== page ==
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Wetland Treasures

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Ō Tū Wharekai contains a range of threatened wildlife.


Ō Tū Wharekai has been shaped by glaciers and provides a variety of habitats. Because the landscape is so varied it is able to support a large amount of wildlife.

There are over 30 bird species that regularly use the lakes and wetlands. Ō Tū Wharekai contains the upper Rangitata River, which includes one of the most important breeding sites for the threatened wrybill/ngutu pare.

Other birds such as the Austalian bittern/mātuku, and the Australian crested grebe/kāmana can be found at Ō Tū Wharekai.

As well as birds and fish, Ō Tū Wharekai is also home to minute animals called zooplankton, that live in the water.

Plant life

Ō Tū Wharekai is also an important site for kettle holes which support rare ephemeral turf vegetation. The swamps of Ō Tū Wharekai include a threatened sedge.

Plants aren’t just restricted to above water, Ō Tū Wharekai has a huge diversity of macrophytes or aquatic plants, including freshwater algae.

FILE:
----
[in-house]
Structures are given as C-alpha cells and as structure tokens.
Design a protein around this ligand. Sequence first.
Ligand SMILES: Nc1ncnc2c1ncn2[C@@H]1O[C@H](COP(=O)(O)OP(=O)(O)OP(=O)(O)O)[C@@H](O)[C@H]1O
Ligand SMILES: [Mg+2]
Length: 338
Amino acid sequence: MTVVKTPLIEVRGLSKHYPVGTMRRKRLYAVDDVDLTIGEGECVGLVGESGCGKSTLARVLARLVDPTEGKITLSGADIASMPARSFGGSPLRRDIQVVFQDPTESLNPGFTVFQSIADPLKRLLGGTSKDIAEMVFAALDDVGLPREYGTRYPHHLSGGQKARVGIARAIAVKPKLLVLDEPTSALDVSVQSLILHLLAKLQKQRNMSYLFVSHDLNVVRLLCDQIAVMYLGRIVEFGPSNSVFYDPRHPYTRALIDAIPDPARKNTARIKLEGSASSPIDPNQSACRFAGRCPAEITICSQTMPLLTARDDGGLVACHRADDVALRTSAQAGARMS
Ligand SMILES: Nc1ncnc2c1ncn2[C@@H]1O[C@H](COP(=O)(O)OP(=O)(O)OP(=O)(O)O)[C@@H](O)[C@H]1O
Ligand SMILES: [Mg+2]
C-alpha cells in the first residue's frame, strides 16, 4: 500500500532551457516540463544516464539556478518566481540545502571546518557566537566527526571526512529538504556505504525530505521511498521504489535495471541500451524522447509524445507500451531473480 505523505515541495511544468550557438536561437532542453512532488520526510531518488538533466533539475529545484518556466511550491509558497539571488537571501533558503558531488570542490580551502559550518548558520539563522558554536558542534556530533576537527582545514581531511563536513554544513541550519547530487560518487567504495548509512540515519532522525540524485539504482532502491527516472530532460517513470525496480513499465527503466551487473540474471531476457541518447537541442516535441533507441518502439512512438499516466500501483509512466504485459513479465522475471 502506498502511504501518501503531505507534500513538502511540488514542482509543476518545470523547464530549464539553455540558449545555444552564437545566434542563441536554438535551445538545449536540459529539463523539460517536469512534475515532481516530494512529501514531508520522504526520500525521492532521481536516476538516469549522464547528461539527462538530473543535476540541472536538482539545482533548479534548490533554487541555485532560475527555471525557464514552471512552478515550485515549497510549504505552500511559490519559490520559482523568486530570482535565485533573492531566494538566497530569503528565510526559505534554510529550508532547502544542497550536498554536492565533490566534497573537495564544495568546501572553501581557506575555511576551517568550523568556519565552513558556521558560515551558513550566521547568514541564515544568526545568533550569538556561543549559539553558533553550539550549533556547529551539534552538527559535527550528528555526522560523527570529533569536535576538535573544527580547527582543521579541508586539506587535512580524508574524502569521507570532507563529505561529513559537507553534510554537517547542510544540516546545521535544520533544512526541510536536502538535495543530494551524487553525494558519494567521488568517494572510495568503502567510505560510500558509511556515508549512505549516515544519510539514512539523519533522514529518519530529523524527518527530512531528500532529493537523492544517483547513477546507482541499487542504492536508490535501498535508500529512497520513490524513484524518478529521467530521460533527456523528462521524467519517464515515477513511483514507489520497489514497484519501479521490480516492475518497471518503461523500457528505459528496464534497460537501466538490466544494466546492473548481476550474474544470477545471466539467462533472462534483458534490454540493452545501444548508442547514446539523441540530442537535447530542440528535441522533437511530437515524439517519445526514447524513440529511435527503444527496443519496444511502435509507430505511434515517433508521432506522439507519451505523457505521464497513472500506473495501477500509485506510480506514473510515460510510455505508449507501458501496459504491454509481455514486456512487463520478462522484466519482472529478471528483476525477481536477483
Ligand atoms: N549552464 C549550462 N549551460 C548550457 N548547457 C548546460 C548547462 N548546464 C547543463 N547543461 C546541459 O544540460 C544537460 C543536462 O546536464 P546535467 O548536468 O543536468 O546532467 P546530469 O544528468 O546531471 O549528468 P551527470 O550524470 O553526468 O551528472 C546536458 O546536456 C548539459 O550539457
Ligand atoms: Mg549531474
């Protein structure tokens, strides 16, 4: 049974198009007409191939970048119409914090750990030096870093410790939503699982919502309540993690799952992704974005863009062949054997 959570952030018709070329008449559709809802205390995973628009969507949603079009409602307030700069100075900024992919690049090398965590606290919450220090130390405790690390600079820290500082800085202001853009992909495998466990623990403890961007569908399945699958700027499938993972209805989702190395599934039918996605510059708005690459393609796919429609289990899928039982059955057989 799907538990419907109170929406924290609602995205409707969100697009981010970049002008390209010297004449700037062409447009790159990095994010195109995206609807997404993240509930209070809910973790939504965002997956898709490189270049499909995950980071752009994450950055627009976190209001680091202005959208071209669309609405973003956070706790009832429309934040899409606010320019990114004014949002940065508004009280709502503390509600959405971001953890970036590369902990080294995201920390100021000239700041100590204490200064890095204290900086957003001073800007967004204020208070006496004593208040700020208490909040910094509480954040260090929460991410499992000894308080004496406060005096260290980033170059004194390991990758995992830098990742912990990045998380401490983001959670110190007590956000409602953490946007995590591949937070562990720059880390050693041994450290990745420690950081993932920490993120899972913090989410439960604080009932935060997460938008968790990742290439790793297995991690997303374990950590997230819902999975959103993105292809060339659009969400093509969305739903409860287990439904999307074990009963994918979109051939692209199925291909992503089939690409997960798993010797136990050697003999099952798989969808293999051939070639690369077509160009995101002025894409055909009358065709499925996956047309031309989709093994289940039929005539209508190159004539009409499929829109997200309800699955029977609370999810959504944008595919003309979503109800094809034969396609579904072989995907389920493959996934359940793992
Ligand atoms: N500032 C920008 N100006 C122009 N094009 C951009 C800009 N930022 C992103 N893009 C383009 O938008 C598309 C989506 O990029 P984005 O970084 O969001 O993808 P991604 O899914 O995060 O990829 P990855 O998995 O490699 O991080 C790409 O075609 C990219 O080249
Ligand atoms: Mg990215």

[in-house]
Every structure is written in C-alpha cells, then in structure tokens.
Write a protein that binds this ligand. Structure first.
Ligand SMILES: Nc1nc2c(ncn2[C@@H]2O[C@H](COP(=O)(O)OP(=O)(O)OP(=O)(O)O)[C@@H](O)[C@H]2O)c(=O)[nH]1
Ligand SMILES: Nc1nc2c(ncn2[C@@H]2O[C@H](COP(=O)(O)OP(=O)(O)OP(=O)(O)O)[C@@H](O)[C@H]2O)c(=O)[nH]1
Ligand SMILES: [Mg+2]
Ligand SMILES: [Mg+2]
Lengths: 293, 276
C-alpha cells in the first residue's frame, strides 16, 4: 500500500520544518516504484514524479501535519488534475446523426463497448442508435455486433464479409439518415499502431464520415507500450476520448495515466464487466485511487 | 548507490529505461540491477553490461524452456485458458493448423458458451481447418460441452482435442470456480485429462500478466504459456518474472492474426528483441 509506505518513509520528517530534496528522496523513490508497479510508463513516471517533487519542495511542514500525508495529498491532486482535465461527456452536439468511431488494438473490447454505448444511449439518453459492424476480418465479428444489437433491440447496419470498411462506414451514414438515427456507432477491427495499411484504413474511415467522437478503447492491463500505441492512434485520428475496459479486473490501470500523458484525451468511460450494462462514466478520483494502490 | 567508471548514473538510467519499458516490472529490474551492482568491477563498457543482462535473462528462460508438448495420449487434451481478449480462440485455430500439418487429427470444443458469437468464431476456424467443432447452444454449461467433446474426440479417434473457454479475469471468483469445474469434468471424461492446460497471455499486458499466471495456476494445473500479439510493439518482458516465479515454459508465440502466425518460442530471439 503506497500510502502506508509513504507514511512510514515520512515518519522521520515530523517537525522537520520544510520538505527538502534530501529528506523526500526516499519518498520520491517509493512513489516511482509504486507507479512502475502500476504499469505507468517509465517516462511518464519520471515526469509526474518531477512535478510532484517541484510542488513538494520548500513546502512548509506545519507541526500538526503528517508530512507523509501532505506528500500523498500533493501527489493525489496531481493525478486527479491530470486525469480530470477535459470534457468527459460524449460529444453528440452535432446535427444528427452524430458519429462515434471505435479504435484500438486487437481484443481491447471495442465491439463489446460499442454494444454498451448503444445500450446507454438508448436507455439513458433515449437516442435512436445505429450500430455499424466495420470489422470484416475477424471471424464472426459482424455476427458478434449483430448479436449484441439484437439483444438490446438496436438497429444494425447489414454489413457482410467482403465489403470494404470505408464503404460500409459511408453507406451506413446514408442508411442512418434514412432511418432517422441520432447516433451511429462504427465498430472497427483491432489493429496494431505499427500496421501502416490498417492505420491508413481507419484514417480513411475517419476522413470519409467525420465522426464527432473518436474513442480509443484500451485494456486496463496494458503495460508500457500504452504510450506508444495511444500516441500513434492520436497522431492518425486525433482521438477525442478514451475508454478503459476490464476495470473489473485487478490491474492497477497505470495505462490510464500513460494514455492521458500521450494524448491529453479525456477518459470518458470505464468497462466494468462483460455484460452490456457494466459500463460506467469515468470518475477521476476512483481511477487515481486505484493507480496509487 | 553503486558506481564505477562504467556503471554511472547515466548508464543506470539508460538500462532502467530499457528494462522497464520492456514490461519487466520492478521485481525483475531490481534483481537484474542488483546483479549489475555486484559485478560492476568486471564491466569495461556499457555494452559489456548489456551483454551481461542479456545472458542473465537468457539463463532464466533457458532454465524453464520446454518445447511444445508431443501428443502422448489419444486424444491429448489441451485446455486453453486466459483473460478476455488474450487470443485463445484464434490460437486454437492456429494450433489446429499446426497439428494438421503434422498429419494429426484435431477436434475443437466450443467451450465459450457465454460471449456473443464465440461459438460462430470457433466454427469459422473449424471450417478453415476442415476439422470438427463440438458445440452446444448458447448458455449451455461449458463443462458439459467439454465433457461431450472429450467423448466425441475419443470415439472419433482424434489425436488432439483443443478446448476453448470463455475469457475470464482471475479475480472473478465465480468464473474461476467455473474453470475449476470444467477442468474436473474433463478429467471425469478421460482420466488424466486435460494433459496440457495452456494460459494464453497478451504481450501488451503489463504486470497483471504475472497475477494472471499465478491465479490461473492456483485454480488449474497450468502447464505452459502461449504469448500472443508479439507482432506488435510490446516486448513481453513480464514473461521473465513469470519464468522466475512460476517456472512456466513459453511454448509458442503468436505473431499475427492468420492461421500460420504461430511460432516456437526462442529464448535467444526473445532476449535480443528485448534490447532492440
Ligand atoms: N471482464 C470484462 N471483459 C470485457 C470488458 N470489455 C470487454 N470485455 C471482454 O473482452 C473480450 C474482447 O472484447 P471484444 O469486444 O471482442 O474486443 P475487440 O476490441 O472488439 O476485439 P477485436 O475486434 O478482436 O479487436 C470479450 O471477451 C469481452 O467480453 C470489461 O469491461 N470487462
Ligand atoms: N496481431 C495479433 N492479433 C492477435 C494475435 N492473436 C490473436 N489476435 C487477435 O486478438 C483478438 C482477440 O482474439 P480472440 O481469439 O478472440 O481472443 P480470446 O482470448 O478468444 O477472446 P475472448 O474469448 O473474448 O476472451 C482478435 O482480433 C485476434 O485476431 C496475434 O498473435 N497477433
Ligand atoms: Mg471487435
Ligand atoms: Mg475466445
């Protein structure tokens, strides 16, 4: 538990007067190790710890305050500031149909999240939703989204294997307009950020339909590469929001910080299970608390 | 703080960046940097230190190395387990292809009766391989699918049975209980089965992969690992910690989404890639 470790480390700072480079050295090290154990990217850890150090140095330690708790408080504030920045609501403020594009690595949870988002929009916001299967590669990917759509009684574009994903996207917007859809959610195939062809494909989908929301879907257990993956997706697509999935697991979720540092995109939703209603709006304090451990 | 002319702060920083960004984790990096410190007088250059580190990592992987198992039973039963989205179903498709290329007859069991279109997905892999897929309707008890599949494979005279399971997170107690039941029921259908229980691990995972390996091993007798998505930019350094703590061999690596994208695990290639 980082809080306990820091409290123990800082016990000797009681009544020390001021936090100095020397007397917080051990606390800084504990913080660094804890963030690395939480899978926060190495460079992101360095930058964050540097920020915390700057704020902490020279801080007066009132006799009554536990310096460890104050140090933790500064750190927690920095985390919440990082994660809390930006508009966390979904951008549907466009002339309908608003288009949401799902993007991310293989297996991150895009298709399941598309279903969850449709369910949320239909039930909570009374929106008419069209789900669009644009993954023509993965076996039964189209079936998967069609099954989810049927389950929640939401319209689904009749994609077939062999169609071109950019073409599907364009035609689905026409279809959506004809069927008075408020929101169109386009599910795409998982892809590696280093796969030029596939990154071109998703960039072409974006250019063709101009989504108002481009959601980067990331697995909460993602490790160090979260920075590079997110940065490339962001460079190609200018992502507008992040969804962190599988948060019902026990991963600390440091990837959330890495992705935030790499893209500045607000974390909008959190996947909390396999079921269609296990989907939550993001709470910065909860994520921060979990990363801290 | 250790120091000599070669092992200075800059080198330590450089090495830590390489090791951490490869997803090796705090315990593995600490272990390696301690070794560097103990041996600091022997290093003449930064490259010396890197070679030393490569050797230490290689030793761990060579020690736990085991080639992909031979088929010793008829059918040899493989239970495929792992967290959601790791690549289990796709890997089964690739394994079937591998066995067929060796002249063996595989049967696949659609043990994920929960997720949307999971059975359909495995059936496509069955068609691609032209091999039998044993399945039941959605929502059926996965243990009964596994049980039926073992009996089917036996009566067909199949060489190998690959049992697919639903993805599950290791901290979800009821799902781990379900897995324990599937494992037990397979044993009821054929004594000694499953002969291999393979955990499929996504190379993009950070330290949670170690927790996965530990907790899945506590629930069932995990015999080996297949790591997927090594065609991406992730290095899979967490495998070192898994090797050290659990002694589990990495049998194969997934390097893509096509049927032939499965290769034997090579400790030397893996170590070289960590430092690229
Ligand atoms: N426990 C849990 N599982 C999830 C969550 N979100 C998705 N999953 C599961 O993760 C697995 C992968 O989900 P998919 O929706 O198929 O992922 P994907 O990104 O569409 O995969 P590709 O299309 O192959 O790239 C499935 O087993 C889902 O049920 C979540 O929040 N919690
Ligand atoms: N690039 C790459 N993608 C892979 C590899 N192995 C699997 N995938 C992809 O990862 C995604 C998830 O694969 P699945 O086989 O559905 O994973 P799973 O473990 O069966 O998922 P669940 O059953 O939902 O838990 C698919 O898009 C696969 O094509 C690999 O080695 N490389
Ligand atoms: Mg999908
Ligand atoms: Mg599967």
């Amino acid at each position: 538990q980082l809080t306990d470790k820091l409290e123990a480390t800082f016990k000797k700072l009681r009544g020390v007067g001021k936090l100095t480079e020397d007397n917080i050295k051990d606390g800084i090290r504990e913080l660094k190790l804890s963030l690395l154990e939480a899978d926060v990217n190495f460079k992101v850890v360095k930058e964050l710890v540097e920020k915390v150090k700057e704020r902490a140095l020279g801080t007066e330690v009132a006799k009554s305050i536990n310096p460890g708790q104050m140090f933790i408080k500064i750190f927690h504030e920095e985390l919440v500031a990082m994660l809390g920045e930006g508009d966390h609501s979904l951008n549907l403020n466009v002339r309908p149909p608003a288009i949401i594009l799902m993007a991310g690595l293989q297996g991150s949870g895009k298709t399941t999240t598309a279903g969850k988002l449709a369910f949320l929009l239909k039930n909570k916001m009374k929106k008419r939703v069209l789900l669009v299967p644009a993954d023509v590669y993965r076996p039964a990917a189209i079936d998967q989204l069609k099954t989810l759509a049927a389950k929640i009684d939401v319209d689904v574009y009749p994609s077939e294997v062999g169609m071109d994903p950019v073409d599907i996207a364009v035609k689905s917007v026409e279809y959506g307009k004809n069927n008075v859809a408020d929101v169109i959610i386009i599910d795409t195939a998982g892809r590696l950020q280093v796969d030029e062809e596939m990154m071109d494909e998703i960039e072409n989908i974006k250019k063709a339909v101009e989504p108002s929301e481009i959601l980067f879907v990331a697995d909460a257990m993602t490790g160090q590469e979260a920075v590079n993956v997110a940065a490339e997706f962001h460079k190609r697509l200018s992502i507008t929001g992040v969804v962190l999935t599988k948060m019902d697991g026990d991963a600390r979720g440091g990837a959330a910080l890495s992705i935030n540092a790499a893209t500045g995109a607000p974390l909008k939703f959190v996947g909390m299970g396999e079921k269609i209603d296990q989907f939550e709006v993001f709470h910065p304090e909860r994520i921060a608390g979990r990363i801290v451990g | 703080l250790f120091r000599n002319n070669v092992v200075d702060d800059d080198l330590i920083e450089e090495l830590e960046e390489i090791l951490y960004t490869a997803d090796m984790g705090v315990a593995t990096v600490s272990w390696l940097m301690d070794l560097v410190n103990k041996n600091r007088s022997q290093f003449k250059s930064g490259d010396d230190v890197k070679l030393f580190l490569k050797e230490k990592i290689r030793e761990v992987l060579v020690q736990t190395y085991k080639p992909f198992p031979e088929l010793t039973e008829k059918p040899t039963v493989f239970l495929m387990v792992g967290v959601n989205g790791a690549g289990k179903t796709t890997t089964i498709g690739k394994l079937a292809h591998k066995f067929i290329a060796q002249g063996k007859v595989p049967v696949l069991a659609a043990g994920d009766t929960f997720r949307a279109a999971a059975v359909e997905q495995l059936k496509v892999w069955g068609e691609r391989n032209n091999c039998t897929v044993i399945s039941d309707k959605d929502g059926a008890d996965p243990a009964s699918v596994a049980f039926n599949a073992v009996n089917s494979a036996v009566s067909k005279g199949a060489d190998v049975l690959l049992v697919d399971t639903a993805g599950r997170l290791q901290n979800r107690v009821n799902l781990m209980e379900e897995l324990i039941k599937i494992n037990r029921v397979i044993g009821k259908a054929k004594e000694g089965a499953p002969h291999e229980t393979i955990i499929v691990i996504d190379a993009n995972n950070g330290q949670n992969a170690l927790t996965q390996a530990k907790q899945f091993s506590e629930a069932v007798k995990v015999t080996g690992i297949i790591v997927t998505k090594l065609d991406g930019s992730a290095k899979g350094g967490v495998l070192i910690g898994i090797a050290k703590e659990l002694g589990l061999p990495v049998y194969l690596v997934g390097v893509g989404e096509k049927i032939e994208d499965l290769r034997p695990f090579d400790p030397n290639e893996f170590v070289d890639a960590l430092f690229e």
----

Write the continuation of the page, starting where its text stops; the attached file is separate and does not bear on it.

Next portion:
There are many threatened animals and plants living in Ō Tū Wharekai.

Threatened native fish

  • longfin eel/tuna
  • upland longjaw galaxias (small, freshwater fish).
  • Threatened bird species
  • Australasian bittern/Mātuku
  • black-fronted tern/Tarāpirohe
  • black-billed gull/Tarāpuka
  • wrybill/Ngutu pare
  • banded dotterel/Turiwhatu
  • Australasian crested grebe/Kāmana
  • Caspian tern/Tārā nui.

Threatened lizard species

  • scree skink/mokomoko
  • long-toed skink.

Threatened plant species

  • marsh arrowrush
  • pygmy forget-me-not
  • pygmy clubrush
  • native lily
  • water brome
  • rare grasses.

These wetlands also contain some of the best examples of red tussock and pūkio wetlands in Canterbury.


Audio Māori keywords: 

A good reason to treasure: Saving endangered plants and animals from becoming extinct and protecting their wild places is important for our health and our future.

Value to Māori

Wetland Interconnectedness


Ō Tū Wharekai is home to threatened native fish. What animal is pictured here? Image: LEARNZ.

This is an Australasian crested grebe/Kāmana. What other threatened bird species might you see at Ō Tū Wharekai? Image: LEARNZ.

A small scree skink, one of two threatened lizards that can be found at Ō Tū Wharekai. What is the other one called? Image: LEARNZ.

Special plants can be found in these wetlands. This is a pygmy forget-me-not from an ephemeral tarn. Why do you think it grows so small? Image: LEARNZ.